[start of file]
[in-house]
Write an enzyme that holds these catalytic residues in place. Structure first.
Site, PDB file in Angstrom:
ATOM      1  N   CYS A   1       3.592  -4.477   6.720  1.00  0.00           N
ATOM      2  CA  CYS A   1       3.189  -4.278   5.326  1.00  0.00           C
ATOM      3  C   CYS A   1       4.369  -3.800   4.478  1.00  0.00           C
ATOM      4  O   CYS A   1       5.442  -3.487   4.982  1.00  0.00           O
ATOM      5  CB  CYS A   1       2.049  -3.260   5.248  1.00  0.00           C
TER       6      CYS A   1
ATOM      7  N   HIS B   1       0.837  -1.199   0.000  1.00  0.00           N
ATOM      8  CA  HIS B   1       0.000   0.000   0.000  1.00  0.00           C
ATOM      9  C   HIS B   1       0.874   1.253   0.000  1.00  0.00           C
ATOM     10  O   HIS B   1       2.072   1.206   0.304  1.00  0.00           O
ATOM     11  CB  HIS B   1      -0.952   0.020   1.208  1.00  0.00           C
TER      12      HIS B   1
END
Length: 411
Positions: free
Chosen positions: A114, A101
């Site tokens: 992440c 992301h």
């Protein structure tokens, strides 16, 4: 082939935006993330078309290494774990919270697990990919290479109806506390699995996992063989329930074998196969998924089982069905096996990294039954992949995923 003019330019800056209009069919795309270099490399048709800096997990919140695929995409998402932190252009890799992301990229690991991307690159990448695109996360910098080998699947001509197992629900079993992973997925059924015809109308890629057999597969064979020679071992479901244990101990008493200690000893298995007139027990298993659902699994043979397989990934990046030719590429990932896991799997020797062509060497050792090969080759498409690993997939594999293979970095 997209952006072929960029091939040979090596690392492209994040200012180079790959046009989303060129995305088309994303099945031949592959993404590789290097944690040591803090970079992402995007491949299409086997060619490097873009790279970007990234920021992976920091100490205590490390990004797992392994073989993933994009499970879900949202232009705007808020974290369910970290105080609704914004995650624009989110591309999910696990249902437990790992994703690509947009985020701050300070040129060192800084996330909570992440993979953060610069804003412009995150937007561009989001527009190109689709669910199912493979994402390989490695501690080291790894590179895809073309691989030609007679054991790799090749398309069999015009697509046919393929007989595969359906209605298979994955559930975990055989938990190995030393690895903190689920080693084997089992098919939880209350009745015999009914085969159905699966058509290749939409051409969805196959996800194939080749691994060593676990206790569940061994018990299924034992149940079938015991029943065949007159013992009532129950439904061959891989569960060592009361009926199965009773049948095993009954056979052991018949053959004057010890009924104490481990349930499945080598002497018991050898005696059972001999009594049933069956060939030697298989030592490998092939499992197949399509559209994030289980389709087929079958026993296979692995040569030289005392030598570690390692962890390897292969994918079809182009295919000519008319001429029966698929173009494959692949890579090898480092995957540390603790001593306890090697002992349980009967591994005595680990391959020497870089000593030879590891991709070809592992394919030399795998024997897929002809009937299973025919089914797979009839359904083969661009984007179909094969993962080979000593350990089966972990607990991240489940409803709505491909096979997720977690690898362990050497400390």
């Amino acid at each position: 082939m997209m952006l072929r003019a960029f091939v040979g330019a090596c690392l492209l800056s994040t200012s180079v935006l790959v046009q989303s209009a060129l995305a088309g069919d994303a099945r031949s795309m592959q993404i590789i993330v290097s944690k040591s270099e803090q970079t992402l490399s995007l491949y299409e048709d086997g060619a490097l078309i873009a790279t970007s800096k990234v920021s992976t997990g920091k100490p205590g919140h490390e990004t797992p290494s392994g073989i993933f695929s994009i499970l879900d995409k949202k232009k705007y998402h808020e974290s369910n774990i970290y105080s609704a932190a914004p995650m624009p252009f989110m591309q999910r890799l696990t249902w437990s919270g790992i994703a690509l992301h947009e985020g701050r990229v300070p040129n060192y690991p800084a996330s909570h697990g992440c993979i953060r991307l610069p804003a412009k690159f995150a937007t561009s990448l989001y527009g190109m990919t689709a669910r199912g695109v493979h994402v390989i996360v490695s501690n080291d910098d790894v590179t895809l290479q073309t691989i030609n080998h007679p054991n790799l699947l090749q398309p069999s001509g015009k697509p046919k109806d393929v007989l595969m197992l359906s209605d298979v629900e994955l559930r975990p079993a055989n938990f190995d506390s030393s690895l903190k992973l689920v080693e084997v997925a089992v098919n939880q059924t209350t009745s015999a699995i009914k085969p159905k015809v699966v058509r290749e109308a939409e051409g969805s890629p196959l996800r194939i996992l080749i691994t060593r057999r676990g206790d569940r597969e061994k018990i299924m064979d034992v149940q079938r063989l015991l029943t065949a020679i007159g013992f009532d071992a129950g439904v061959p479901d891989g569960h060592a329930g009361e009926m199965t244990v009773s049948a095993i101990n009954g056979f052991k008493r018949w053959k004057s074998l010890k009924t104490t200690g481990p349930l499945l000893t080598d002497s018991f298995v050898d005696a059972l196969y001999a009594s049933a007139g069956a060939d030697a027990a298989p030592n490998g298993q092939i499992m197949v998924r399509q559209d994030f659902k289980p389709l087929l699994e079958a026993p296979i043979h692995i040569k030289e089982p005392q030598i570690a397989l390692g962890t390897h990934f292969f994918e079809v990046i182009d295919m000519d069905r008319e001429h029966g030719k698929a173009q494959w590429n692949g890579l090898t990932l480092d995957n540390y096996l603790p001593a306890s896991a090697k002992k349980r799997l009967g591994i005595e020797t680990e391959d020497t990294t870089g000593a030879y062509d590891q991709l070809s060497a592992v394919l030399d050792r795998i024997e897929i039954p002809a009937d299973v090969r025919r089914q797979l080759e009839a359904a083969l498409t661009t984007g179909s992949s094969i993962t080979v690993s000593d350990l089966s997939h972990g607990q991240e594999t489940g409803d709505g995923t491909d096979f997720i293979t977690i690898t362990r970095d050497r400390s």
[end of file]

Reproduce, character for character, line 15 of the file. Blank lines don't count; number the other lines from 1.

TER      12      HIS B   1